The Treasury said the policy, which followed a Daily Telegraph campaign on the issue, would benefit 1 million home buyers over the next five years, taking 80 per cent of first time buyers out of stamp duty and saving them an average £1,660.
Mr Hammond told first time buyers that “we send a message to the next generation that getting on the housing ladder is not just a dream of your parents’ past but a reality for your future”.
He said he wanted young people to grow up with the “same sense of boundless opportunity” that he has always had.
It later emerged that the idea of abolishing stamp duty was first raised by Downing Street as a possible manifesto pledge before the election.
Insiders said it was eventually dropped and was “not as refined” as the policy announced by Mr Hammond.
The OBR gave the policy a lukewarm response, saying it would lead to higher house prices and suggesting only 3,500 more people per year would be able to afford their first time as a result.
Mr Hammond also announced a £15bn package of cash, loans and loan guarantees to back up a promise of building 300,000 homes per year by 2025 to tackle the housing crisis. The money is in addition to £29bn of measure that had already been announced, bringing the total to £44bn.
There was no money to increase the pay of public sector workers, but Mr Hammond said he would find extra money to give nurses a pay rise if it was recommended by the relevant pay review body. In all, his spending spree amounts to £25bn over the next five years.
Friends of Mr Hammond played down the gloomy long-term economic forecast by insisted that the picture will change completely if a Brexit transition deal can be agreed next month.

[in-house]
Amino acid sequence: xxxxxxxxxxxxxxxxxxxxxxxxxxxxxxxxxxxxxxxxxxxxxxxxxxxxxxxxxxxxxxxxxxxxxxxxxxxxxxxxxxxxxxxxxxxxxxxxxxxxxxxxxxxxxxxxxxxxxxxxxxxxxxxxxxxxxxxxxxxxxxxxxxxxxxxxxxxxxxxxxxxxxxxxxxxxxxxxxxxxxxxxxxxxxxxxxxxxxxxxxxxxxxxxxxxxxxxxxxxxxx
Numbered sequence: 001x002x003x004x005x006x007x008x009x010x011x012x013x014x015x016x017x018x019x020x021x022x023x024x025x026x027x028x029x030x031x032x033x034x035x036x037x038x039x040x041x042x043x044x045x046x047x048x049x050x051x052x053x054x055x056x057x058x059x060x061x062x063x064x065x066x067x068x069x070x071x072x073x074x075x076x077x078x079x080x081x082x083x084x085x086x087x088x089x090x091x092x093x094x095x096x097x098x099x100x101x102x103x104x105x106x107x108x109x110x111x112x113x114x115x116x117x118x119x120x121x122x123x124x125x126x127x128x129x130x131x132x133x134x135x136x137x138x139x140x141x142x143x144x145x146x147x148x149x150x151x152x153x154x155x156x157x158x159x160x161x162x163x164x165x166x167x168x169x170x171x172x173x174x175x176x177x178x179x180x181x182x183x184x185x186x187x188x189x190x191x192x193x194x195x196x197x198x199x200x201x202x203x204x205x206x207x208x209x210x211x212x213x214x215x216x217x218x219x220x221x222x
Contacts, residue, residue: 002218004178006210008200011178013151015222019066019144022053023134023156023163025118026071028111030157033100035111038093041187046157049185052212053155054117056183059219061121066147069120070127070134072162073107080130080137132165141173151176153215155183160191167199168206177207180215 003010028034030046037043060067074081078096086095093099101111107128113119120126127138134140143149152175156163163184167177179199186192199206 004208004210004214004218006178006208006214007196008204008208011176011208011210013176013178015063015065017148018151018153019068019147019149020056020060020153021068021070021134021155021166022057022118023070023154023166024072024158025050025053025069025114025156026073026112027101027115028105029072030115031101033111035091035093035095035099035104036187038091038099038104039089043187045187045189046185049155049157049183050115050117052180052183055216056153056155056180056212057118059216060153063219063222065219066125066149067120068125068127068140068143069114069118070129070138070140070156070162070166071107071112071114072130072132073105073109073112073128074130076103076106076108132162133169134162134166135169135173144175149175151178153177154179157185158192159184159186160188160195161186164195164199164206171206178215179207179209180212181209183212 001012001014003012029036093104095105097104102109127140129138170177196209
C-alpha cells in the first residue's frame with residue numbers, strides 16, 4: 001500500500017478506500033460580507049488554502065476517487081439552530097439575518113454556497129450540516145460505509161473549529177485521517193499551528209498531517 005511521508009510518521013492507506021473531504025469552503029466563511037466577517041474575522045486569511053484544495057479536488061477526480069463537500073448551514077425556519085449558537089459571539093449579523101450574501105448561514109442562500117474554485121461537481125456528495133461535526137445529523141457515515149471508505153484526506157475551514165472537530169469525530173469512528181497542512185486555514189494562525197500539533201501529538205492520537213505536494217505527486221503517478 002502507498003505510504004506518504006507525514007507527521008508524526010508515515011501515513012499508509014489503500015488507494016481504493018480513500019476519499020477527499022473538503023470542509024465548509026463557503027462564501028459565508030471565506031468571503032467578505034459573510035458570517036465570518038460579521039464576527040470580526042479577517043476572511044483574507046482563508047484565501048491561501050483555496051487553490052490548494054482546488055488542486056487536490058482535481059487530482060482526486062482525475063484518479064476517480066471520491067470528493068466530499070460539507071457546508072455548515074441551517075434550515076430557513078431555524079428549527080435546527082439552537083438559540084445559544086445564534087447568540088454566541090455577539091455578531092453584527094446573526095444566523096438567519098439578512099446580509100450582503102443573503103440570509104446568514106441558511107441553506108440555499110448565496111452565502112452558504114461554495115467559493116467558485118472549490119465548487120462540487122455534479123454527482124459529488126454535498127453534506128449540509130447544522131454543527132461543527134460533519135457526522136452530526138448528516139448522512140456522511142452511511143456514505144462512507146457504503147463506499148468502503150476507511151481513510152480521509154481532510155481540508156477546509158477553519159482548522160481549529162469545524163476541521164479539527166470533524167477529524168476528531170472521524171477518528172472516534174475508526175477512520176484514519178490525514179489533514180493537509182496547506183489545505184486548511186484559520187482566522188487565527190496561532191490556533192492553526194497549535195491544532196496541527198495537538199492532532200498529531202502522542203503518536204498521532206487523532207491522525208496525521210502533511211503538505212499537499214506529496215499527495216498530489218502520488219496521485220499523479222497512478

One said it was “a Budget for this year and for 2018/19” because of the uncertainty about the terms of Britain’s exit from the EU, adding that movement on Brexit “transforms everything – business sentiment will change overnight”.
Mr Hammond said the economy was “set on a path to a new relationship with our European neighbours and a new future outside the European Union”.
He insisted Britain would “run towards change” and seize new opportunities presented by Brexit leading to an “enormous” prize.
Jeremy Corbyn, the Labour leader, said Mr Hammond’s plans would quickly unravel and result in “misery” for “ordinary people”.
Budget 2017 wrap
It's about time we wrapped up the live blog so let's have a look at what made the headlines in today's Budget and get a few thoughts on whether it will be enough to save Chancellor Philip Hammond's skin.
- Chancellor Philip Hammond has abolished Stamp Duty for first-time buyers on houses up to £300,000 and put together a £44bn war chest to help build 300,000 new homes every year by the mid-2020s.
- The OBR delivered a grim assessment of the UK economy, slashing its GDP growth forecast for this year from 2pc to 1.5pc with growth expected to slow further to 1.4pc next year.
- Mr Hammond also announced a £3bn cushion for Brexit preparations, an extra £2.8bn for the NHS by 2020 and higher taxes for diesel vehicles.
Is it enough to keep him at Number 11? Our experts gave their two cents:
Philip Hammond prizes his reputation for caution and dullness. But there was no sign of cautious Phil today.
Mr Hammond might have got himself out of a tight political spot for the moment, but by throwing caution to the winds, he has shown once again that it is always fiscal prudence that is the first thing to go.
Hammond put in a confident and funny performance today, pulling just enough rabbits from his red box to give some of the more sensible Labour MPs some pause for thought at least. The headline-grabbing scrapping of stamp duty for first time buyers might well inflate property prices in the medium term.
But more importantly, it may prove very popular with a demographic the Tories are desperately trying to woo.
The Chancellor has obviously taken two criticisms deeply to heart. The first - and this was most striking in the stirring opening passages of his Budget address - was that he is not a “vision guy”. His chronic failure to inspire - or even to look as if he might have some idea in his head too large to fit on a balance sheet - has clearly gone home.